Special Issue "Logic and Science"

A special issue of Philosophies (ISSN 2409-9287).

Deadline for manuscript submissions: closed (15 November 2020).

Special Issue Editor

Dr. Fabien Paillusson
Website
Guest Editor
School of Maths & Physics, University of Lincoln, LN6 7TS Lincoln, UK
Interests: Theoretical and Computational modelling; the Foundations of Physics; Physics and Maths Education; AI (Machine Learning and Automated Reasoning); Logic and the Philosophy of Science

Special Issue Information

Dear Colleagues,

In his book Probability Theory: The Logic of Science, E.T. Jaynes developed the compelling thesis that probability theory constituted an overarching logical framework applicable to all known sciences at the time, ranging from physics to sociology. From the point of view of the philosophy of science, one may take issue with the take-home message, i.e., probability theory as the only logic of science. Firstly, one may ask how this view fares compared to the understanding of science developed by the philosophical tradition initiated by T. Kuhn and his successors. Second, is “probability theory as the logic of science” to be understood as a prescriptive or descriptive claim? If the proposition is to be prescriptive, on what grounds can one support, or instead challenge, this prescription? If, however, it is to be descriptive, is it supported by the contemporary practice of science or by historical accounts? Third, one may note that probability theory itself refers to propositional logic: a probabilistic proposition can be true or false. Furthermore, logic itself can be construed as a science; does this mean that probability theory can explain itself? Fourth, even if probability theory were to be common (by prescription or description) to all scientific disciplines at the stages where inferences are needed, it remains that many successful theories are not framed in a probabilistic manner and usually rest on a logic of a different kind, closer to first-order logic in nature. Within this more focused context, what can be said about the logic of individual theories? For example, is the logic of General Relativity comparable to the logic of, say, Reaction Kinetics? More generally, is there any logical “thread” (e.g., entailment) relating one theory (or even a discipline) to another? Finally, when assessing the virtues of an individual scientific theory, are there any identifiable logical constraints (e.g., self-consistency is a commonly advocated one) that it must satisfy for it to be taken seriously or widely accepted by the corresponding scientific community?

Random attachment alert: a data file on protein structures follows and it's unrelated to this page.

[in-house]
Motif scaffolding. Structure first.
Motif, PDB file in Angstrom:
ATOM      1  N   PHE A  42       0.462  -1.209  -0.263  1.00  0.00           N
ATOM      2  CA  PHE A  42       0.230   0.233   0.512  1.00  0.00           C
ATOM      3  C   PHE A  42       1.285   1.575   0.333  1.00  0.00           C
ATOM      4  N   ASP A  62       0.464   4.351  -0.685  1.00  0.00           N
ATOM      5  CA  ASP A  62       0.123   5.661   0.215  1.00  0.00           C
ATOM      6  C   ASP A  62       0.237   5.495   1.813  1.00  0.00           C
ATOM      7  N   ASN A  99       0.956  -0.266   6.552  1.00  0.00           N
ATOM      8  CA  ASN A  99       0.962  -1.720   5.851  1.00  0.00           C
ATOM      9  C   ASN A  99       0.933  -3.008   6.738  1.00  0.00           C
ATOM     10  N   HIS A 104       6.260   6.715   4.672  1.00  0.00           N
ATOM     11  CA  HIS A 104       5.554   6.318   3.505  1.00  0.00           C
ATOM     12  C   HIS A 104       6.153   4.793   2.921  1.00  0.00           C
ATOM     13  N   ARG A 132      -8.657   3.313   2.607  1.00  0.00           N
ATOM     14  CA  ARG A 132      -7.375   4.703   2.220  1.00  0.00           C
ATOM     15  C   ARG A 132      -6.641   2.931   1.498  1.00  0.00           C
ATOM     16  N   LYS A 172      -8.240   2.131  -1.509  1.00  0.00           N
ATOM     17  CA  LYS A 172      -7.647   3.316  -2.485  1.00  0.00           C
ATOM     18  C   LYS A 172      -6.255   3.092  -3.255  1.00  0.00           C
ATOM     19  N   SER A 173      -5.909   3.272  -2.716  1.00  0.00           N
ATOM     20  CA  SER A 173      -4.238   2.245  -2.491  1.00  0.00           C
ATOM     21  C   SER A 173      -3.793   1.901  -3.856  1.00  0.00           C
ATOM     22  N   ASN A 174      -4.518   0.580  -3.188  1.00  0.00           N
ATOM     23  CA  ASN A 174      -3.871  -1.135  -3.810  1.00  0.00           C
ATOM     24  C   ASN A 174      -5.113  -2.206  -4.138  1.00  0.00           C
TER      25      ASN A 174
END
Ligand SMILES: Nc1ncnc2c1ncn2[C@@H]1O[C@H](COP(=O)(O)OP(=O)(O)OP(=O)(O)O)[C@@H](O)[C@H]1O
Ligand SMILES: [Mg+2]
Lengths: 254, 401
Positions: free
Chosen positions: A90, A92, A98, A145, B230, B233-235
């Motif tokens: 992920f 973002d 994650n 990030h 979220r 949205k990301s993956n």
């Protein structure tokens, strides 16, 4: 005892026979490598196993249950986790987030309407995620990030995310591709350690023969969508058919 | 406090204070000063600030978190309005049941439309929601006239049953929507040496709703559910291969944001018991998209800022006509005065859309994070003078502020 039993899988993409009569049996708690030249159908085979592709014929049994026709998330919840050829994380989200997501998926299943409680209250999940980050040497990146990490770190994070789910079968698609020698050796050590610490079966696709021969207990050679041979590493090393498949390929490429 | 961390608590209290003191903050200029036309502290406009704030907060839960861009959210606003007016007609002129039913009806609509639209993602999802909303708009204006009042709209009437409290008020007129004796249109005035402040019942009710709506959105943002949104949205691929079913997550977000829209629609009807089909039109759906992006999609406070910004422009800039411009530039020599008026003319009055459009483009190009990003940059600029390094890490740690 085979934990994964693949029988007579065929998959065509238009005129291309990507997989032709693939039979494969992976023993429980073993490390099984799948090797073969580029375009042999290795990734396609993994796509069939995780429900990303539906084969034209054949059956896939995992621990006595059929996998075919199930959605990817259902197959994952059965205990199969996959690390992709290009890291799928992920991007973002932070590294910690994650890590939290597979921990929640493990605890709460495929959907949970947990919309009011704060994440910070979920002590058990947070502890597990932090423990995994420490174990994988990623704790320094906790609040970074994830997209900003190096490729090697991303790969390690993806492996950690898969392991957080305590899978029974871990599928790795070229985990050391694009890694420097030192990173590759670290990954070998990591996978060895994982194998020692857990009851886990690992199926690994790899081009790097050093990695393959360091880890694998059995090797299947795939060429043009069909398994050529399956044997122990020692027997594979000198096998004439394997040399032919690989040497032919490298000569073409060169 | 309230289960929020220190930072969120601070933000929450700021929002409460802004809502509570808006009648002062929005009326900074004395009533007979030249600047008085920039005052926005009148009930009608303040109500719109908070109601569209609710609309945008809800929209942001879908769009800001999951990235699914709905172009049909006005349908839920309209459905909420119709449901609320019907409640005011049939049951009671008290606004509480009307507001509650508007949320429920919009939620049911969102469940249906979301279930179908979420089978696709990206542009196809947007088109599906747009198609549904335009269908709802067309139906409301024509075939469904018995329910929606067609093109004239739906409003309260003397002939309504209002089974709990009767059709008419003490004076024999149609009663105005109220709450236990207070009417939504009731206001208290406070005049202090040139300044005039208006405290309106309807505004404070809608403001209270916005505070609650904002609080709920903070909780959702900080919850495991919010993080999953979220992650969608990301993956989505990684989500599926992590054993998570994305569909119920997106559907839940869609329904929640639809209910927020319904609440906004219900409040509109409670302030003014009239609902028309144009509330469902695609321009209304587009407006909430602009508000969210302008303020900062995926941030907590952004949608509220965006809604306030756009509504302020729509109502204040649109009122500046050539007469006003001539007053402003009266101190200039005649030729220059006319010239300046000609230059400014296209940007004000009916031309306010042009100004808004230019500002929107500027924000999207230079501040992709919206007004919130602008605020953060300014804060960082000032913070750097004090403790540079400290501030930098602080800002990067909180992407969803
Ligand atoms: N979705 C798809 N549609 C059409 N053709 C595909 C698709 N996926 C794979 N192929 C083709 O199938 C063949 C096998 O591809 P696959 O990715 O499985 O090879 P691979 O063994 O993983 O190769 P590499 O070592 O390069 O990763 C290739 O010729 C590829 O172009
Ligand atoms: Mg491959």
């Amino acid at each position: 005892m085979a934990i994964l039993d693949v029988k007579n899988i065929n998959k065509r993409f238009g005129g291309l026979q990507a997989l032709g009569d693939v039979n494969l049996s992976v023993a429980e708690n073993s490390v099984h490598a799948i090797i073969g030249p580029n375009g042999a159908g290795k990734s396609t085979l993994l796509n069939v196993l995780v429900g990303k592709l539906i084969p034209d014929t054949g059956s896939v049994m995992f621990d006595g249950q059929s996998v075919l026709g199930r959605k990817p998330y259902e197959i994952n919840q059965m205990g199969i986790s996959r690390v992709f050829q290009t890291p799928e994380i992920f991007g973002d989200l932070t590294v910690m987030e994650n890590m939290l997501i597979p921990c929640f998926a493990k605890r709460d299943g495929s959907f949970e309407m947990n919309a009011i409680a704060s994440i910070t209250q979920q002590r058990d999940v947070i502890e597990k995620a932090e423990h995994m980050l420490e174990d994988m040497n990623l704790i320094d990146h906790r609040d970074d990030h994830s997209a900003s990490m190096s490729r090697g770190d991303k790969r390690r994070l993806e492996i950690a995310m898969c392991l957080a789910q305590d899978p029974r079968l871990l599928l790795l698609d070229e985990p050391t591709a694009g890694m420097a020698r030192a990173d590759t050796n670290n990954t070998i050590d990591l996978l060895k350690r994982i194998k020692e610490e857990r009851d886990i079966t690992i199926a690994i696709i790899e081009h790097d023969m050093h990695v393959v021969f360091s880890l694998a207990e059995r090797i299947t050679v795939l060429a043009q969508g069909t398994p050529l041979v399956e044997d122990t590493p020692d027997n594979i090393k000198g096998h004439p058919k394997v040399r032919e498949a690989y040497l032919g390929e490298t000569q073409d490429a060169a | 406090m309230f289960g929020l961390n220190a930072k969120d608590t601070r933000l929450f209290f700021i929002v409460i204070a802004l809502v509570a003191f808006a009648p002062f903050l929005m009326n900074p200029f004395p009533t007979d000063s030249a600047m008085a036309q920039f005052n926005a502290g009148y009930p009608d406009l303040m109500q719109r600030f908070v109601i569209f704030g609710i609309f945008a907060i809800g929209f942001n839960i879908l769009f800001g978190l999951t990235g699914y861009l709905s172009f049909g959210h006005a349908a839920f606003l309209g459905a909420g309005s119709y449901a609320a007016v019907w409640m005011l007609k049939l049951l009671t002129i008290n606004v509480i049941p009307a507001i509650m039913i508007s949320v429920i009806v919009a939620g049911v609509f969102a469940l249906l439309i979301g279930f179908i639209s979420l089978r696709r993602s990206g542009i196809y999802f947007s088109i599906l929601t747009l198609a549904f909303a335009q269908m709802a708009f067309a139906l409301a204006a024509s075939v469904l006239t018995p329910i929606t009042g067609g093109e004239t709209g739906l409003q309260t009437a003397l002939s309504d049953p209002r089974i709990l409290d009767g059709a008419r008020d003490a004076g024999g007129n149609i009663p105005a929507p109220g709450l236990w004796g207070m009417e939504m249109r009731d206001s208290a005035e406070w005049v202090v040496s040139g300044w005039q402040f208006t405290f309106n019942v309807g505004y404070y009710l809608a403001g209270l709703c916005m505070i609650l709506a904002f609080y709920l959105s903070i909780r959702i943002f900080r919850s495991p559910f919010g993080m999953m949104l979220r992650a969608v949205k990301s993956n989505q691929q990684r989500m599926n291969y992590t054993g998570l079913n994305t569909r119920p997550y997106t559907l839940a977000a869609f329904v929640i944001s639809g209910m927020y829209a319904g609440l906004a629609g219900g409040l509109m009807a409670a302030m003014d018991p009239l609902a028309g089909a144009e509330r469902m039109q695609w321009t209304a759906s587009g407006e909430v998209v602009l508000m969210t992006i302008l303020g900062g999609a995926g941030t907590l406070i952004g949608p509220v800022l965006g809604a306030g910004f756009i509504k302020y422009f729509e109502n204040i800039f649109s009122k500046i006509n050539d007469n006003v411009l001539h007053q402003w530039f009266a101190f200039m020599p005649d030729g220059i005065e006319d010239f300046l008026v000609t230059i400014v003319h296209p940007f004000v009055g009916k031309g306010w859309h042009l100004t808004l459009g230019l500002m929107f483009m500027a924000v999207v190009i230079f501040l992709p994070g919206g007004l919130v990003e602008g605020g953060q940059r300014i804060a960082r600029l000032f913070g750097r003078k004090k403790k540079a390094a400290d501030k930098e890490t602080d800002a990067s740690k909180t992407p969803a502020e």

By addressing the aforementioned concerns or related questions, this Special Issue of Philosophies aims to bring together logic and philosophy of science in an original and contemporary light.

Dr. Fabien Paillusson
Guest Editor

Manuscript Submission Information

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Keywords

  • Science
  • Epistemology
  • Logic
  • Probability
  • Bayesianism
  • Supervenience
  • Theory
  • Metaphysics
  • Emergence

Published Papers (2 papers)

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Research

Open AccessArticle
The P–T Probability Framework for Semantic Communication, Falsification, Confirmation, and Bayesian Reasoning
Philosophies 2020, 5(4), 25; https://doi.org/10.3390/philosophies5040025 - 02 Oct 2020
Abstract
Many researchers want to unify probability and logic by defining logical probability or probabilistic logic reasonably. This paper tries to unify statistics and logic so that we can use both statistical probability and logical probability at the same time. For this purpose, this [...] Read more.